The surging price of bitcoin from the start of the year has resulted in massive growth in open interest for the asset’s futures as traders seek to hedge their positions on various exchanges.
Data calculated by Finbold indicates that bitcoin futures open interest have grown by 133.74% between January and March 2021. During the first week of January 2021, the open interest was valued at $9.66 billion, while as of March 30, 2021, the figure was $22.58 billion reflecting the asset’s sustained bull run in the first three months of the year.
The data on bitcoin futures open interest is from eleven major global BTC futures exchanges, including Binance, Bybit, Okex, CME, Huobi, FTX, Deribit, Bitmex, Bitfinex, Phemex, and Kraken.
Elsewhere, gold futures open interest has plunged between the same period by 17.54%, from $116.30 billion to $95.90 billion. Gold futures exchanges data is by the nine major global gold futures exchanges, including Comex, Dubai, ICE, India, Istanbul, Moscow, SFE, Tocom, LME.
Open interest for the two assets refers to the total number of outstanding derivative contracts, such as options or futures that have not been settled. Open interest is used as an indicator determining market sentiment and the strength behind price trends.
Bitcoin rally results in open interest future growth
As highlighted, the spike in bitcoin futures open interest follows the asset’s price rally, resulting in a new all-time high of above $61,000 as of March 14. The growth in bitcoin’s value has been motivated by institutional investors increasingly taking part in the digital currency sector.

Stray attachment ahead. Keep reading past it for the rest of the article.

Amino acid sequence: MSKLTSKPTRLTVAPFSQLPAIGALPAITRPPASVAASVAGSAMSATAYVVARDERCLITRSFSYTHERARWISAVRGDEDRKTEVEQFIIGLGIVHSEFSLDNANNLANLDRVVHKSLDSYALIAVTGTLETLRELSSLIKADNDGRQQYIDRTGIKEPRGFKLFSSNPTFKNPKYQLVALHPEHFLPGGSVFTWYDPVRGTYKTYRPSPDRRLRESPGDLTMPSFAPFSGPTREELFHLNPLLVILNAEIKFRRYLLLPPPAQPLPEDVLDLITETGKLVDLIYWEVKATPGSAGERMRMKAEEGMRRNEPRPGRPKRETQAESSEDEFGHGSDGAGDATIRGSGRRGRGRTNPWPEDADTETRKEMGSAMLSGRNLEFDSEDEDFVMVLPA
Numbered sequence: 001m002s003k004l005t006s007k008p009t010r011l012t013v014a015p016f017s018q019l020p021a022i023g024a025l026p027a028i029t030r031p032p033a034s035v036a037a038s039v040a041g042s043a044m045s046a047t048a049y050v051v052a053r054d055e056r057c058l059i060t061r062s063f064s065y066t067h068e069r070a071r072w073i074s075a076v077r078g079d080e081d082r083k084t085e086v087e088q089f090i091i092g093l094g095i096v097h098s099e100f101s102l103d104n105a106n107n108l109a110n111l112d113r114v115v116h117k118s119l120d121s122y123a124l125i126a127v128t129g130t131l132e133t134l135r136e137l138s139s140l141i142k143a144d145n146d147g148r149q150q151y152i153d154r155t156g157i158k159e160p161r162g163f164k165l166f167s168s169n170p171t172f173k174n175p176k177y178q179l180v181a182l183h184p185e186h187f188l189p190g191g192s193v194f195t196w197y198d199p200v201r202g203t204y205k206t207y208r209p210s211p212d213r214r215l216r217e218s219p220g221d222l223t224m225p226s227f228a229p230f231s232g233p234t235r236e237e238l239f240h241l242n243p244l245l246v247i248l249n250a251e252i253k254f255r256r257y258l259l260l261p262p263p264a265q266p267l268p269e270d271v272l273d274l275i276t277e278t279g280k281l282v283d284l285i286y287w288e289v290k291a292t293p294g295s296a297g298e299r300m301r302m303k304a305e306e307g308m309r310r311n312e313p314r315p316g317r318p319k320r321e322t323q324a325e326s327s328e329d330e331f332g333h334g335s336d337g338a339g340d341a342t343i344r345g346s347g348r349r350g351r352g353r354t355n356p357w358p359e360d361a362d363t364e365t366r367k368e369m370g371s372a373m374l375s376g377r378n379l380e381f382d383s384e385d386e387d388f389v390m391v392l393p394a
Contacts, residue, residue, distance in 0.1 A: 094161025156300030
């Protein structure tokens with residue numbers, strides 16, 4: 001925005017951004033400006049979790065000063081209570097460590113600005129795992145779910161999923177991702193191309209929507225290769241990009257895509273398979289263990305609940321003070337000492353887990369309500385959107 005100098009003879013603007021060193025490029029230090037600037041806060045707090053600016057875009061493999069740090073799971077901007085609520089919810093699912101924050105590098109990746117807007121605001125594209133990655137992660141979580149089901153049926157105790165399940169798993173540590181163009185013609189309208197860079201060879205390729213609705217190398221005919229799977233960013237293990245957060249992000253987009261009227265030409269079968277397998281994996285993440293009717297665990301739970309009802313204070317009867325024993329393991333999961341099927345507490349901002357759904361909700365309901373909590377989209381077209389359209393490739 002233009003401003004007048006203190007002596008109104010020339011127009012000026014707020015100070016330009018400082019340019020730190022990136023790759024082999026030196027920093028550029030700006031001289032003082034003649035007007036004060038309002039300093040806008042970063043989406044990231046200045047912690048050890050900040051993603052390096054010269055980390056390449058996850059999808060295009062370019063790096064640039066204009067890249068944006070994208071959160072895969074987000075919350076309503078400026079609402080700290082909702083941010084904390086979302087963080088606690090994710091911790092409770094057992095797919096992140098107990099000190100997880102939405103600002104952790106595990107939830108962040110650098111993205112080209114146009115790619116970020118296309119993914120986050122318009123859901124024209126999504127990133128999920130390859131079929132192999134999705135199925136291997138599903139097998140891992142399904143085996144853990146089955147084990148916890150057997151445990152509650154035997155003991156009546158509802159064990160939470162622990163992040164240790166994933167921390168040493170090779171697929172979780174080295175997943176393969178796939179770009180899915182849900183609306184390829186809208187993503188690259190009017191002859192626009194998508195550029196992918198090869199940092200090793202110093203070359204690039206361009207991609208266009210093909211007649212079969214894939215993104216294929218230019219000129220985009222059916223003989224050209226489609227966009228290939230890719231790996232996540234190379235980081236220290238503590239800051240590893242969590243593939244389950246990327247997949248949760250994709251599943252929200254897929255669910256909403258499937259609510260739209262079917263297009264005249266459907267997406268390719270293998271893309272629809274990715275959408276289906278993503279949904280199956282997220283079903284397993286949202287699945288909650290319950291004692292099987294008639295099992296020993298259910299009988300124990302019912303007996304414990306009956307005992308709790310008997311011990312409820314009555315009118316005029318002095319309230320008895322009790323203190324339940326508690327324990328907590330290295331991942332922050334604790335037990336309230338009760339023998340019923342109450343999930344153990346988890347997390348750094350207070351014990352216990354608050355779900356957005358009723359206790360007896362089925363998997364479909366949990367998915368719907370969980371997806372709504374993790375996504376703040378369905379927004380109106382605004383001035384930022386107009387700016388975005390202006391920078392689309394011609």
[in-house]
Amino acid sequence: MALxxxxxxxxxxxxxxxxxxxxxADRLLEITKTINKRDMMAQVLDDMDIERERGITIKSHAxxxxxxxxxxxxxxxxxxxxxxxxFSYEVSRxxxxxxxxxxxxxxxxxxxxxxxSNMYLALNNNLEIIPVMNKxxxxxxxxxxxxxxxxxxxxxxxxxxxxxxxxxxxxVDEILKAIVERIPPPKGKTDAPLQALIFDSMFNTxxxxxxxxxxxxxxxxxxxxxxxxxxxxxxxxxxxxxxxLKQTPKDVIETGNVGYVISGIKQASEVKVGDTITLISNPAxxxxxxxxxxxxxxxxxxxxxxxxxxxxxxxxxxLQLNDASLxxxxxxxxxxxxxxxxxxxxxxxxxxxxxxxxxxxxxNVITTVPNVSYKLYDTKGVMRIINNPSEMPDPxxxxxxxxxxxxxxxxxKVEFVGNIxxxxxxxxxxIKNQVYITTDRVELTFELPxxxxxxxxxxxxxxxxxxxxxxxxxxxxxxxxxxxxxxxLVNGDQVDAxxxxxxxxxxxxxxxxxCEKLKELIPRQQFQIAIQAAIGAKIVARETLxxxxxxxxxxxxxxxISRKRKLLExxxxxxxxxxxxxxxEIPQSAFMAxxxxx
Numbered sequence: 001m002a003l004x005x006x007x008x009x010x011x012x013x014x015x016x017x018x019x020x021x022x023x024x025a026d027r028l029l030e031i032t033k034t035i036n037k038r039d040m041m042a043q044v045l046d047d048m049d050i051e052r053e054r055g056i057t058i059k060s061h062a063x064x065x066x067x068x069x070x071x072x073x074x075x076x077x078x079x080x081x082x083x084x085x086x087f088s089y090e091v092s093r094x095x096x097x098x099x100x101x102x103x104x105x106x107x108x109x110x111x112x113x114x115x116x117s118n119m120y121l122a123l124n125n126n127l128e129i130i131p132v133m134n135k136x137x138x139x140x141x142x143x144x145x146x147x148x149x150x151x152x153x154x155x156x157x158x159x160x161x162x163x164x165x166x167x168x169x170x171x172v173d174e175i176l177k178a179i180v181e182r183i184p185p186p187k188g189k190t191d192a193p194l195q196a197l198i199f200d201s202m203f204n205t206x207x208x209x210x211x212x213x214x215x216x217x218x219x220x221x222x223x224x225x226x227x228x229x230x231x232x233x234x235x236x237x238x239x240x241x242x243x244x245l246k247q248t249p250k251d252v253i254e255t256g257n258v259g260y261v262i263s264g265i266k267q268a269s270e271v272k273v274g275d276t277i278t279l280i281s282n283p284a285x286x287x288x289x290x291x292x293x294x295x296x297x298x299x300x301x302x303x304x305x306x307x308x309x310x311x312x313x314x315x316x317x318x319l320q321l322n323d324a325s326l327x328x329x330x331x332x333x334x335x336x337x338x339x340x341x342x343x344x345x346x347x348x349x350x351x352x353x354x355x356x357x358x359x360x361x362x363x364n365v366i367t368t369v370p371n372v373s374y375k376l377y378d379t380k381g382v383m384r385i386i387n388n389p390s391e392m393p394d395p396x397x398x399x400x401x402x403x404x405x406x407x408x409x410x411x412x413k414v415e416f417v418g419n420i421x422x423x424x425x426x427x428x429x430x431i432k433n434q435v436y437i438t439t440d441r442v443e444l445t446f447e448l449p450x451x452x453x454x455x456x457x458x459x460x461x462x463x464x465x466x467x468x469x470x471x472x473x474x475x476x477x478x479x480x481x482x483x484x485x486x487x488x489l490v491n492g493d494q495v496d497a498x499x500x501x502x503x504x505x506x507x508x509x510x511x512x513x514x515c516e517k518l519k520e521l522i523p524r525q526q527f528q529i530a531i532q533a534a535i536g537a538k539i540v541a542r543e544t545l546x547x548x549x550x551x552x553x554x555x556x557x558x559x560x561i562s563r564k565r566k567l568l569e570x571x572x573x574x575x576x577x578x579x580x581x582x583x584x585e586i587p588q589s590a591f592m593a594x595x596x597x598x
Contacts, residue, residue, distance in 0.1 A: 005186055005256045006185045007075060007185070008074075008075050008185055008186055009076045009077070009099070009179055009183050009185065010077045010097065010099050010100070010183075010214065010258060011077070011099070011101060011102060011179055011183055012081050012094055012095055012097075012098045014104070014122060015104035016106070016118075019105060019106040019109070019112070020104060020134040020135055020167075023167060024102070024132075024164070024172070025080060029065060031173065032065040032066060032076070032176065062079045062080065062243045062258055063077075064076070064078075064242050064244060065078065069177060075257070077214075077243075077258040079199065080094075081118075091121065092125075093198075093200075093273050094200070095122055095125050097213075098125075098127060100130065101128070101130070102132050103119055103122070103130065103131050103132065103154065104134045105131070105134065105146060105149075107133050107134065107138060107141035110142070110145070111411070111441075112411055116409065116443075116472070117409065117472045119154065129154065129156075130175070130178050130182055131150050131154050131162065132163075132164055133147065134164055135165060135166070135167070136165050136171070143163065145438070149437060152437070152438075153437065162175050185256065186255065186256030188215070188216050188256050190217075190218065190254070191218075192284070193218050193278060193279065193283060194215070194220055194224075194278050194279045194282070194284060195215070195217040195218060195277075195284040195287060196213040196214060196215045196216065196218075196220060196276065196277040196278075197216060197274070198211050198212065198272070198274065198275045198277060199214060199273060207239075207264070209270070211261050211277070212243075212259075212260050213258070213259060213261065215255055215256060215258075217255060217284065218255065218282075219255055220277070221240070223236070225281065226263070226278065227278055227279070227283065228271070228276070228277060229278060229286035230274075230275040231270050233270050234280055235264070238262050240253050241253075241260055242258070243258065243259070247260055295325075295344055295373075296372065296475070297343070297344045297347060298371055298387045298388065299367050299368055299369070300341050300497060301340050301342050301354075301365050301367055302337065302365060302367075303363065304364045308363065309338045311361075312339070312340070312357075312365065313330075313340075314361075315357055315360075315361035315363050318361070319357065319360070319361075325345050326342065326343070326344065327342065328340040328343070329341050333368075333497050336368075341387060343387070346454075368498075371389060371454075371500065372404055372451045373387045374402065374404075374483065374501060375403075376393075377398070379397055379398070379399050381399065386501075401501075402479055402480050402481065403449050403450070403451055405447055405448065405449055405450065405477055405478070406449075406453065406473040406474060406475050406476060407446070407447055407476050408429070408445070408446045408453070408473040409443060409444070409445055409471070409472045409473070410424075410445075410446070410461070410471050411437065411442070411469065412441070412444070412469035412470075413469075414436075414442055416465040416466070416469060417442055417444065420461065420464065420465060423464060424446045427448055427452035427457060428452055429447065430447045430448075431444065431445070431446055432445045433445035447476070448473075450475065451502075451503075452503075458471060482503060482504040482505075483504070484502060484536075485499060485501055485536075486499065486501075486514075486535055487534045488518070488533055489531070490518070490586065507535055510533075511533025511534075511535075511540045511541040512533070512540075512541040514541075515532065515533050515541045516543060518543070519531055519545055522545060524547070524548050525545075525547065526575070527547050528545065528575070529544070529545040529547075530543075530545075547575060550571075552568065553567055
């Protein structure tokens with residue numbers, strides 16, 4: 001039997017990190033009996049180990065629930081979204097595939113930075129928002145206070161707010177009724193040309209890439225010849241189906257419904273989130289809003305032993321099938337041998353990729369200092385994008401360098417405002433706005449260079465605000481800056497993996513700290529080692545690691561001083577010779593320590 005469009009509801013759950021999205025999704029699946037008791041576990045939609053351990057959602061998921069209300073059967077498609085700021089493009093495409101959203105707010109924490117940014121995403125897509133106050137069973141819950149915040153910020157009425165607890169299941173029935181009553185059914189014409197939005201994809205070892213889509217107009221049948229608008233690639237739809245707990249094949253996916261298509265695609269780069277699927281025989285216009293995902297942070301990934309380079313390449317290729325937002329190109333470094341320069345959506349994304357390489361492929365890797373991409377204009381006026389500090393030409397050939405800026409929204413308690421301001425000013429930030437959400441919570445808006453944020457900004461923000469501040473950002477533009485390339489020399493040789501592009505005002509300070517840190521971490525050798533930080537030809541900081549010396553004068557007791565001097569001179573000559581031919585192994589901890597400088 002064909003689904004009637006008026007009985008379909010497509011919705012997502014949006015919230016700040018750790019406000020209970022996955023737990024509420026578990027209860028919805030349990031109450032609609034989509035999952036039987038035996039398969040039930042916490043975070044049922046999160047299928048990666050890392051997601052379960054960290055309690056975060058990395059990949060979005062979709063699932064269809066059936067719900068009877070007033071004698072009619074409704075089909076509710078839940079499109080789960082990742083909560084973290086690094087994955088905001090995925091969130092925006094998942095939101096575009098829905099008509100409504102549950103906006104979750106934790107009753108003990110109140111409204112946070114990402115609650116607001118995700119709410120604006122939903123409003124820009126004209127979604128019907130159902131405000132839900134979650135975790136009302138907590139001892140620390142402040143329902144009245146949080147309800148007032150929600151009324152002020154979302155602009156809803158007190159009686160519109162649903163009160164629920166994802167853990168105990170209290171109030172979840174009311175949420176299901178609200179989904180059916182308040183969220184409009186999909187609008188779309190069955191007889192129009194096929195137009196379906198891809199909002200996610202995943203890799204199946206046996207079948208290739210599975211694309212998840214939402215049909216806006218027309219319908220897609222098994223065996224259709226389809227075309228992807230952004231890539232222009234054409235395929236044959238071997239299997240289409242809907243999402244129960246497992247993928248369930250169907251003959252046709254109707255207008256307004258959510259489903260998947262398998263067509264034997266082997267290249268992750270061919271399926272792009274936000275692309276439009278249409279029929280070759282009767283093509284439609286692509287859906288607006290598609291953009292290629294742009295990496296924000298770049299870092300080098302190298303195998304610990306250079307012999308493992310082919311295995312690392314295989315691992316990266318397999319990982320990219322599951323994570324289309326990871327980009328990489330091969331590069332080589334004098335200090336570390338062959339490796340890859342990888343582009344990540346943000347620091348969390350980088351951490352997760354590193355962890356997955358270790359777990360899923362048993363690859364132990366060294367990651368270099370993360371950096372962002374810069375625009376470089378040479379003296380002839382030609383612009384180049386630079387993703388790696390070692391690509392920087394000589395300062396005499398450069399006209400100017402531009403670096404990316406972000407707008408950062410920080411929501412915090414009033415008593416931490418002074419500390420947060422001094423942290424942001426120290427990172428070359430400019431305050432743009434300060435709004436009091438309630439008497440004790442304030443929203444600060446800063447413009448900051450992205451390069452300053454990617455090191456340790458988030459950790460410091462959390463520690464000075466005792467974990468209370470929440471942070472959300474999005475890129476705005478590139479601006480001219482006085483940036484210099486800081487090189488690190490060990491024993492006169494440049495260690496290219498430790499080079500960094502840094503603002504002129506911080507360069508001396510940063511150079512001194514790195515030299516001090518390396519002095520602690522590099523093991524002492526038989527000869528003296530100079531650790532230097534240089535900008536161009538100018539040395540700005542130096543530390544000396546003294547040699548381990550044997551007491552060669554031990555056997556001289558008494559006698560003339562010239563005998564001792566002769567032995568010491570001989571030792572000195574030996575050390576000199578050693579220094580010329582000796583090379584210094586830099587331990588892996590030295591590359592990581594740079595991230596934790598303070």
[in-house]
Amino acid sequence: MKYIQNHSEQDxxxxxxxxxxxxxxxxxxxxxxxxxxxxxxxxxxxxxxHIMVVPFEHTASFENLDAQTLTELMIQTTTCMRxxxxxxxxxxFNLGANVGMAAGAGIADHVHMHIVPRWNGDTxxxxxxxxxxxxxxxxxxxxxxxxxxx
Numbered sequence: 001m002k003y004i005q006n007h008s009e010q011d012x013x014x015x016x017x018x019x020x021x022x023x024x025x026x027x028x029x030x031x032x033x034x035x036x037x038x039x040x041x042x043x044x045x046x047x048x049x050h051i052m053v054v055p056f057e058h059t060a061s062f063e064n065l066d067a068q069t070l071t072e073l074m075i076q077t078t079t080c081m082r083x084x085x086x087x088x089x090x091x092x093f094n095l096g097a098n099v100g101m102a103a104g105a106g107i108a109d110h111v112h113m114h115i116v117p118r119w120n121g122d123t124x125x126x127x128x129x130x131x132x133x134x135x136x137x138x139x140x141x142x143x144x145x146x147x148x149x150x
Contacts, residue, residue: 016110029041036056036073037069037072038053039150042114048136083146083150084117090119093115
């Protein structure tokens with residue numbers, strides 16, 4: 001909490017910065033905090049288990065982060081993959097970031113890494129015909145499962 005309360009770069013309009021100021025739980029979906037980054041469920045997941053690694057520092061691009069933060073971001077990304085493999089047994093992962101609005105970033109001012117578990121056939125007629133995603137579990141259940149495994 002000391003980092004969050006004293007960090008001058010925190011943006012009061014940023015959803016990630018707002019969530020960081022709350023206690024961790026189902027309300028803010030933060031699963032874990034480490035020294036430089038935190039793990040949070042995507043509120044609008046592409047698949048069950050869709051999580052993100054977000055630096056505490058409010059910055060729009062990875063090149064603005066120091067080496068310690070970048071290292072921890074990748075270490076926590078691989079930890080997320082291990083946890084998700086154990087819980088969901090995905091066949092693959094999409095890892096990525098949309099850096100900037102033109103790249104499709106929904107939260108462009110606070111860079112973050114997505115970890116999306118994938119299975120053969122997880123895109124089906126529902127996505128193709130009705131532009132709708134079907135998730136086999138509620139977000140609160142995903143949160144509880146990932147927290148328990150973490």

For example, the new record price was initiated after electric vehicle manufacturer Tesla (NASDAQ: TSLA) revealed that it had invested $1.5 billion in bitcoin. Additionally, after online payment platforms Visa (NYSE: V) and PayPal (NASDAQ: PYPL) announced support for cryptocurrencies, bitcoin’s value surged further. More institutions are expected to invest in the asset and potentially drive it towards mainstream adoption.
The growth in open interest might also indicate institutions from traditional finance are considering adding more bitcoin exposure to their portfolios. As institutional investors continue hedging using futures, the demand for leverage increases.
The value of bitcoin open interest futures shows the size of longs and shorts, and with the number increasing, it means investors have larger risk exposure. In general, it highlights the increasing interest in bitcoin despite experiencing minor sell-offs during the three months period.
Gold’s price sell-offs impact open interest futures
Elsewhere, the open gold futures have plunged in the first three months of 2021, correlating with the precious metal’s price fluctuations. The decreasing open interest in gold suggests that the buying power is drying up, and thus at least a corrective downswing is to be expected.
Since hitting an all-time high of above $2,000 in August 2020, gold has experienced several sell-offs while bitcoin remains resilient. Since January, the value of gold has plunged by almost 9%. The high value of gold’s open futures, however, is an indicator that some investors still have confidence in the metal to hit new heights.
The growth in bitcoin open futures offers more reasons for cryptocurrency proponents to believe the asset will eventually replace gold as the ideal store of value. However, despite the digital asset surging, it is still miles away from gold in terms of the value of the open interest futures.